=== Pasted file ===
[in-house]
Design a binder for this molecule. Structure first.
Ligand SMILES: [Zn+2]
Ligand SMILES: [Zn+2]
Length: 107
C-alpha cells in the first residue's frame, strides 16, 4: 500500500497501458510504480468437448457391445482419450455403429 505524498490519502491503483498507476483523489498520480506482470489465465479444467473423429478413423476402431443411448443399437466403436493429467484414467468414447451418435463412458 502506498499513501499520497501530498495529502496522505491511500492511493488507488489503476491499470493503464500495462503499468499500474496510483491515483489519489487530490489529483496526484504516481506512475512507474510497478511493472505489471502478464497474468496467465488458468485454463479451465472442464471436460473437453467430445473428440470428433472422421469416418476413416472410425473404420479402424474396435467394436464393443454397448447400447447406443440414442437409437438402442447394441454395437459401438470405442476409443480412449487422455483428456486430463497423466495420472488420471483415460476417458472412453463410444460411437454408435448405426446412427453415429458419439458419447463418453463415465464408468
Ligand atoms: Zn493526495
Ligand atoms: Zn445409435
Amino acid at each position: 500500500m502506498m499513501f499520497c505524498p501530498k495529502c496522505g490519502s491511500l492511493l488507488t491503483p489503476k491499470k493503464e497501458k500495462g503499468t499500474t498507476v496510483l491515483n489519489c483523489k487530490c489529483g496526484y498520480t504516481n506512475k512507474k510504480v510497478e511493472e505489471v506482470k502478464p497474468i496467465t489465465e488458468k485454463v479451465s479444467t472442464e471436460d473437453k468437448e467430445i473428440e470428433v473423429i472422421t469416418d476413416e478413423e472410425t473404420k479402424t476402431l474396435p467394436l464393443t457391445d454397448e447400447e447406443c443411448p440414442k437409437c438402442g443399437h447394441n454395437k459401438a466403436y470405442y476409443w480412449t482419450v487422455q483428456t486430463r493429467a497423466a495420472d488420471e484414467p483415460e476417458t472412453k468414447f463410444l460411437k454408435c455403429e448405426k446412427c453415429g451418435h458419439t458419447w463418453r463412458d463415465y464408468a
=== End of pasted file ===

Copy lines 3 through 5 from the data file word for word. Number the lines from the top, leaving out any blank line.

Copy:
Ligand SMILES: [Zn+2]
Ligand SMILES: [Zn+2]
Length: 107